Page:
Cosmic Goo

CIRCA WAVES – Different Creatures
THE GOOD: British indie rockers Circa Waves deliver a tight second.
THE BAD: “Different Creatures” is satisfying guitar-driven rock, but it’s also formulaic. Jimmy Eat World, the Wombats, the 1975 — all good bands but none are game-changers. Circa Waves fall in with this predictable lot.
THE NITTY GRITTY: Turn it on, turn it up and drink in the infectious chorus of lead single “Wake Up,” the full-bodied stadium sway carrying “Out on My Own” or the jagged riffs and layered crunch on “Stuck.” Frontman Kieran Shudall leads his crew through ten cranking melodic anthems and one delicate acoustic breather (the somber “Love’s Run Out”). There really isn’t a dud in the bunch.
At the same time though, we’ve heard “Creatures” many times before; the standard guitar, bass, drum line-up only goes so far. Still, not every band can reinvent the wheel. Go in with reasonable expectations and you’ll come out unscathed while hearing some decent hooks in the process. That’s enough.
BUY IT?: Your choice.

TEMPLES – Volcano
THE GOOD: British neo-psychedelic rockers Temples dodge the sophomore slump.
THE BAD: The ‘60s throwbacks on their first album have been mostly replaced with a lot of synthetic sounds. This shift in direction may turn off some long time fans.
THE NITTY GRITTY: However, get past the sonic changes and you’re in for a real treat. “Volcano” is a majestic set filled with graceful swaths of the Baroque and giddy patches of pure sunshine pop. Right from the start, the record immediately pulls you in with those divine swirling keyboard riffs that bring about opening track “Certainty.” You will smile, and that smile won’t disappear for the better part of an hour.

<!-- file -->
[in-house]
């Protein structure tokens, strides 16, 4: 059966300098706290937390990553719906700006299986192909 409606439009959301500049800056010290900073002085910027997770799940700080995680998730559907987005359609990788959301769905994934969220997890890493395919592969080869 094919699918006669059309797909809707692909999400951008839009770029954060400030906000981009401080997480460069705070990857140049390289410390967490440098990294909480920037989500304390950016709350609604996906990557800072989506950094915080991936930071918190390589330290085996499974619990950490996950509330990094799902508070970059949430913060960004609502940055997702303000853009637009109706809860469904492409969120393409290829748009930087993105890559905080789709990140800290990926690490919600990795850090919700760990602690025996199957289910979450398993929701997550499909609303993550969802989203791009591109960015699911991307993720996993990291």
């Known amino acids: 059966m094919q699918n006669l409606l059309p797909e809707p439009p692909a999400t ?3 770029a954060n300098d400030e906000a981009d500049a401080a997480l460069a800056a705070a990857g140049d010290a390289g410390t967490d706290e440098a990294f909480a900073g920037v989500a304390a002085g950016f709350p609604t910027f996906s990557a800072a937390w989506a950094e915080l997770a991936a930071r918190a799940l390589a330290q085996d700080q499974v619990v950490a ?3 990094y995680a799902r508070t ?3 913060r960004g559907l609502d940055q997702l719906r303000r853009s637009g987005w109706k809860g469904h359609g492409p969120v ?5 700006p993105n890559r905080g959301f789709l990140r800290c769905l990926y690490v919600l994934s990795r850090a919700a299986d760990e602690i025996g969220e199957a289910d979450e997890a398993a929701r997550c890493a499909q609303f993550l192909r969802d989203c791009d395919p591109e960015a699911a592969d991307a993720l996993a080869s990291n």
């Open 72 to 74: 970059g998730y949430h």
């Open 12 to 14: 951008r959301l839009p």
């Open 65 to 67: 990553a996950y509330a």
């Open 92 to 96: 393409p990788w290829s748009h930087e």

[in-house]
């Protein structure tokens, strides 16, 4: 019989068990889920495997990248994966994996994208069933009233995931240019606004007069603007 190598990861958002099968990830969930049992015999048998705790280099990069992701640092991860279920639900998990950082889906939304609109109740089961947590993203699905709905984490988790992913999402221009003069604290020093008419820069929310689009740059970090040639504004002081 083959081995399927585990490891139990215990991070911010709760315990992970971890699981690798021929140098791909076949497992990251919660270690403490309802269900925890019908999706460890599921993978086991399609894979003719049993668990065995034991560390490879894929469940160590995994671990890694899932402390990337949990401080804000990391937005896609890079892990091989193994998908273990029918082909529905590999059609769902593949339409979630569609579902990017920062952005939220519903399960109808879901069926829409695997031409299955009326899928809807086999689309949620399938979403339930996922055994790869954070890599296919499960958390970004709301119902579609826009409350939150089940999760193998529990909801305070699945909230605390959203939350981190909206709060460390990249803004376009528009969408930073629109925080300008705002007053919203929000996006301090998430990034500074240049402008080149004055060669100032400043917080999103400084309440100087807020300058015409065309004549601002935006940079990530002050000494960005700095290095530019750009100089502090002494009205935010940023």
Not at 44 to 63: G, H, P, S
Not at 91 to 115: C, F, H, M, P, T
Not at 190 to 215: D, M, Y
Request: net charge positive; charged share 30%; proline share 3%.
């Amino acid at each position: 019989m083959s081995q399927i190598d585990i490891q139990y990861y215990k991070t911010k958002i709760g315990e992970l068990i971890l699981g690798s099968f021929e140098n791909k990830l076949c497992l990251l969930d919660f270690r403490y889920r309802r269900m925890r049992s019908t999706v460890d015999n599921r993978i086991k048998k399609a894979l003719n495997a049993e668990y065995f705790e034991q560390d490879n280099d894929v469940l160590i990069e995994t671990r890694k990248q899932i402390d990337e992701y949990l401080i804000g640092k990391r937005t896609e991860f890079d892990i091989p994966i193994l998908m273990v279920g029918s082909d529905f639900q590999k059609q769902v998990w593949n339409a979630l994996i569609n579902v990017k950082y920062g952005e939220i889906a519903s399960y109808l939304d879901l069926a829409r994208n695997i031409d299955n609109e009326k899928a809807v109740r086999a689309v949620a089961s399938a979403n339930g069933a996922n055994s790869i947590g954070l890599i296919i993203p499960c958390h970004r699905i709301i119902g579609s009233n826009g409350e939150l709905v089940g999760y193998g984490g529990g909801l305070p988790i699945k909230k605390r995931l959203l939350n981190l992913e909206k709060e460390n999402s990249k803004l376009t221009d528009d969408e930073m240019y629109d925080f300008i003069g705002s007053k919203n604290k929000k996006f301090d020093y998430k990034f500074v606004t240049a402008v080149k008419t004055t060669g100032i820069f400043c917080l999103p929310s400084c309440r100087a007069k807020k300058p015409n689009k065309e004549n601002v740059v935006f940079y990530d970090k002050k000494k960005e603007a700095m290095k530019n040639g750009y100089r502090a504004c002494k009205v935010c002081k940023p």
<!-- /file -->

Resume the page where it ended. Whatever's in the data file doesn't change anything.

“I Wanna Be Your Mirror” and “Strange or Be Forgotten” play like pretty posh Victorian-era period pieces. “Born into the Sunset” recalls some of Tame Impala’s more accessible and soaring tracks. “Mystery of Pop” gallops about the room while sending your head to dizzying heights; Mercury Rev crossed with gooey bubblegum. It’s all so glorious.
BUY IT?: Yes.

THE GOOD: New Jersey indie rockers Real Estate shuffle their line up and come back with a fourth.
THE BAD: No gripes.
THE NITTY GRITTY: Guitarist Matt Mondanile has left the building, concentrating solely on his side project Ducktails; “In Mind” being the first Real Estate album with new guitarist Julian Lynch. Lead vocalist/guitarist Martin Courtney is still getting his bearings within these new surroundings, but he’s making sure the harmonies and melodies aren’t suffering.
“In Mind” is another graceful collection with just enough distortion spread over the top in all the right places to make us feel all warm and cozy without being TOO complacent. It’s tough to resist the classic Byrds/Teenage Fanclub jangle on tracks like “Stained Glass” and “White Light.” Other cuts are throwbacks to records both trippy (the swirling six-strings of “Two Arrows”) and folksy (the delicate protest on “Diamond Eyes”). The retro synths blooping and bleeping on “Holding Pattern” even conjure up memories of prime Stereolab.
BUY IT?: Yes.

%d bloggers like this: